Campfire or Stove?

Should you ever burn firewood? Is it OK to use firewood for a cooking fire? How do you maximize the weight savings by using a wood fire? How should you establish your fire to minimize the amount of firewood needed? When can I use a campfire? What should I do to minimize the risk of a bushfire?

The last time I used a campfire for cooking was about 20 years ago. Since then I have used a succession of stoves such a Bluet gas, Trangia, and MSR Whisperlite, so it was not without some deep thought that I used a wood fire again, this time in the Vulkathunha-Gammons NP.

Why make the change back to a bygone era?

Well the main reason was the weight saving (0.8 -1.0 kg) by not needing a stove and fuel bottle, the remoteness of the campsites and the ready availability of firewood which made it forgivable in my mind. The Gammons is an arid region and as such tree growth is very slow, but creek beds abound with firewood deposited in the last flood and while some may argue that this debris is the home of many animals, I doubt that our group’s impact was significant. That is not to say that in some more accessible locations, such as Mambray Creek in the lower Flinders Ranges our actions would be an environmental crime.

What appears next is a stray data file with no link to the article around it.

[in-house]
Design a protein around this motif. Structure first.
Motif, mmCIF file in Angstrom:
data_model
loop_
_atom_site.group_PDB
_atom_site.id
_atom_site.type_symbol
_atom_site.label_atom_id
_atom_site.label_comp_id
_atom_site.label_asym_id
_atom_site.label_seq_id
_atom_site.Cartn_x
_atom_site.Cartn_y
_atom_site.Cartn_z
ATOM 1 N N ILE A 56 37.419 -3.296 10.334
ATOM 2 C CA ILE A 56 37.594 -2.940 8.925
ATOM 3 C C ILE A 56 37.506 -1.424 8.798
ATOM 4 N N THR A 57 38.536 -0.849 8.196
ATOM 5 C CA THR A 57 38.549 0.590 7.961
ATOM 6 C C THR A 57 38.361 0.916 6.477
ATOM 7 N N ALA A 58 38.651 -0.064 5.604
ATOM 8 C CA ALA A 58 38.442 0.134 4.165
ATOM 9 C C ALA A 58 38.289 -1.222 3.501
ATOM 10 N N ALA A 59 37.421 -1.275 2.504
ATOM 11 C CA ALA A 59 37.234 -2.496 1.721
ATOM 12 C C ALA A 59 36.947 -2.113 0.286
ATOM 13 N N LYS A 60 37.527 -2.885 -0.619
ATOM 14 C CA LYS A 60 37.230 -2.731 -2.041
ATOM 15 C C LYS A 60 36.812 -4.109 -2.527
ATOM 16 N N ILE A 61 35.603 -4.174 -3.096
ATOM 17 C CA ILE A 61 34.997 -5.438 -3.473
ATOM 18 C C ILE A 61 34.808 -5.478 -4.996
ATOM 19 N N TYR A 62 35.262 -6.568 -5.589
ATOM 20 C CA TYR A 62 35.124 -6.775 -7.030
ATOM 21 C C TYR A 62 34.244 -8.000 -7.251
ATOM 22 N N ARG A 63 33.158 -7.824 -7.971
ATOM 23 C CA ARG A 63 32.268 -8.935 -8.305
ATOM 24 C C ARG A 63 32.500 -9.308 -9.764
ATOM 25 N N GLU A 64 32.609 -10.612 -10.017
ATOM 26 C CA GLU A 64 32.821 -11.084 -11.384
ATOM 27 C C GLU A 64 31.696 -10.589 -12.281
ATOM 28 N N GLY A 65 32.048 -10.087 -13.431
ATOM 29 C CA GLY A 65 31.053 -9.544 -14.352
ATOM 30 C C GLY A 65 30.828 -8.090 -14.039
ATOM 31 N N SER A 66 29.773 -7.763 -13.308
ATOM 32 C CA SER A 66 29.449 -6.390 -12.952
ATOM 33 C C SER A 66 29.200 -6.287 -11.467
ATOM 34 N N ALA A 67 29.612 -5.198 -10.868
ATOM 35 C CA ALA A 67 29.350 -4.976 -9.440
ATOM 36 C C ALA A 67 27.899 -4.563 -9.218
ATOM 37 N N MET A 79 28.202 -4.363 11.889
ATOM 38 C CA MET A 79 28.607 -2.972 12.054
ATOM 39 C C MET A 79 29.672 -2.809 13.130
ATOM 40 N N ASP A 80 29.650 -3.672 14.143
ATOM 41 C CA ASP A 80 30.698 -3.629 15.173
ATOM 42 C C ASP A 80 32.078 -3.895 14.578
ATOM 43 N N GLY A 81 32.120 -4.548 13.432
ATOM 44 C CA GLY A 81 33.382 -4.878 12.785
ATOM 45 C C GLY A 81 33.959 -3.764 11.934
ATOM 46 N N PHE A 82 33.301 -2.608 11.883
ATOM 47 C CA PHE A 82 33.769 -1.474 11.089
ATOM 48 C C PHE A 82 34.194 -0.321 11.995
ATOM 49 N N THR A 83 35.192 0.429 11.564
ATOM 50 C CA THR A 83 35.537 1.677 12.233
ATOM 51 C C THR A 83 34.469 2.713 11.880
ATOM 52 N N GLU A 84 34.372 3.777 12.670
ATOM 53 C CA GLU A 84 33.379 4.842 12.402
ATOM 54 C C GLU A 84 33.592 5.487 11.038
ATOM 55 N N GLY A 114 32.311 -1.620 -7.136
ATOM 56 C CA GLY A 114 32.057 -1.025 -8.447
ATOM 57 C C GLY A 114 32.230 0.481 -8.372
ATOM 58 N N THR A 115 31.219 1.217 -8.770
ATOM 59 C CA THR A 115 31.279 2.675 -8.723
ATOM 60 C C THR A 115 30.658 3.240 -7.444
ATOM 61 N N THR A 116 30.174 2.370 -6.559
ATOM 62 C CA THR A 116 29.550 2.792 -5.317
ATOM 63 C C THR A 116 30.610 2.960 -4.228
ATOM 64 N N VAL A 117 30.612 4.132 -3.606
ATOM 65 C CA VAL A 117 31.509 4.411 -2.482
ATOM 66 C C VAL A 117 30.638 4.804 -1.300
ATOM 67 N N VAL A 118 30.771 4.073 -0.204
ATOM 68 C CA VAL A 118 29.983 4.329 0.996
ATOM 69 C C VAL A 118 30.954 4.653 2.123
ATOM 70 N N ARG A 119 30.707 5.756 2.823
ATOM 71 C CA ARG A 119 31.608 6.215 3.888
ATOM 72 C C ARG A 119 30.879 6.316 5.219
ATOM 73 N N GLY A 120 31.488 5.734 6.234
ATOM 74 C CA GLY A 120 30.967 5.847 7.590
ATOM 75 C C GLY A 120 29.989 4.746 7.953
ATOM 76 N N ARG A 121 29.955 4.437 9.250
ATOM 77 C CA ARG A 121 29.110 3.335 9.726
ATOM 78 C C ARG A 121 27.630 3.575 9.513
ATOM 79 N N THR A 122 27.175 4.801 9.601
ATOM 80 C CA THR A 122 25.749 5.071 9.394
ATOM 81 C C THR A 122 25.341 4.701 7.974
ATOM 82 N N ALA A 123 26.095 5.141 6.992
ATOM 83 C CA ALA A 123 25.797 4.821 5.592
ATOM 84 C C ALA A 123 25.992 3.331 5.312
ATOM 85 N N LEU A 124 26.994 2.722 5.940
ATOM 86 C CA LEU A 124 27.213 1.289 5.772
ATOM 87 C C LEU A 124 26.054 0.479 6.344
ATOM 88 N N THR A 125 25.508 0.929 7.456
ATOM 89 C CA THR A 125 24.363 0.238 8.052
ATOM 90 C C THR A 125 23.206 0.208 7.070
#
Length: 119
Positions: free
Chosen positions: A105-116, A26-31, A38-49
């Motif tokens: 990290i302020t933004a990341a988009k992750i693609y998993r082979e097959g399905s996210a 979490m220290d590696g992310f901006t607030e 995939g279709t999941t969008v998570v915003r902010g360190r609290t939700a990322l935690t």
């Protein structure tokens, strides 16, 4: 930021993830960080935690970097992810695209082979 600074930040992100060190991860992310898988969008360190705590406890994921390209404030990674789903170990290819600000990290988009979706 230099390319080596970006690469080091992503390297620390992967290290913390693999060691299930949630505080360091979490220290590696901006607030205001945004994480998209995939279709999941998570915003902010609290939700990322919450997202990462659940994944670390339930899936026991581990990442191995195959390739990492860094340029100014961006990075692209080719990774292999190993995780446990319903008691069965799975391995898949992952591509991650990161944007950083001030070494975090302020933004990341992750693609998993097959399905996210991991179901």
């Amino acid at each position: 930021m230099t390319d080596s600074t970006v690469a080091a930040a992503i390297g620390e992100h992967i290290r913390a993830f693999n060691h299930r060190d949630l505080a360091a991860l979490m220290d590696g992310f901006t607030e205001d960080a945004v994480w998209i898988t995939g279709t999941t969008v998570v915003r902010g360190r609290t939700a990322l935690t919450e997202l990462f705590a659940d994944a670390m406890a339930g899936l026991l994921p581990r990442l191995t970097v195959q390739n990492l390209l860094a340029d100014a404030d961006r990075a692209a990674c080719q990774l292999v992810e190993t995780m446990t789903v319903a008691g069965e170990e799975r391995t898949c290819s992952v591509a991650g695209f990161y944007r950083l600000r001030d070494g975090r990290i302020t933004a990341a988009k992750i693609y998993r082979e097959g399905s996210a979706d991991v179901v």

Is it ever OK to burn firewood?

Well what are the alternatives? Shellite (white gas), methylated spirits, butane/propane gas. Are these fuels any better than using firewood? Are they fossil fuels? Do they pollute the atmosphere? How much CO2 was released in the mining process to produce the metal needed to make the stove and fuel bottle? What about the energy requirement of extracting, refining and transporting the fuel? Do they use scarce food resources to make fuel? Isn’t wood renewable? Are we depriving animals of their homes when we burn firewood? The decision is not clear cut and ultimately must depend on your personal perspective. Certainly there is a level of camaraderie around a campfire that can never be achieved sitting around a Trangia.

Minimising the use of wood.

If you are going to have a campfire keep its fuel consumption to a minimum, burning only enough wood for essential cooking and to provide optimal light and heat. Judge how much wood you will need until bedtime and don’t build up the fire late in the evening, so that there are flames after you have gone to bed. Try to suspend cooking utensils above the flames to minimise cooking times and don’t heat more water than you will need. Use rocks to shield the fire from the wind and start the fire in a pit so the coals can safely be buried before retiring.

Reducing the risk of starting a bushfire

Use a moderate size fire so sparks don’t blow on to tents or into the bush. Put out your fire with water before retiring and then bury the extinguished coals. Leave your fire pit so that it is not obvious there has been a recent campfire. Don’t have a breakfast fire, instead storing a hot drink in your Thermos overnight, to reduce the need for fuel and save time. Only light a fire outside the bushfire season and as advised by NPWS.

Creative Commons License This article by Bush Walker is licensed under a Creative Commons Attribution-NonCommercial-ShareAlike 3.0 Unported License.


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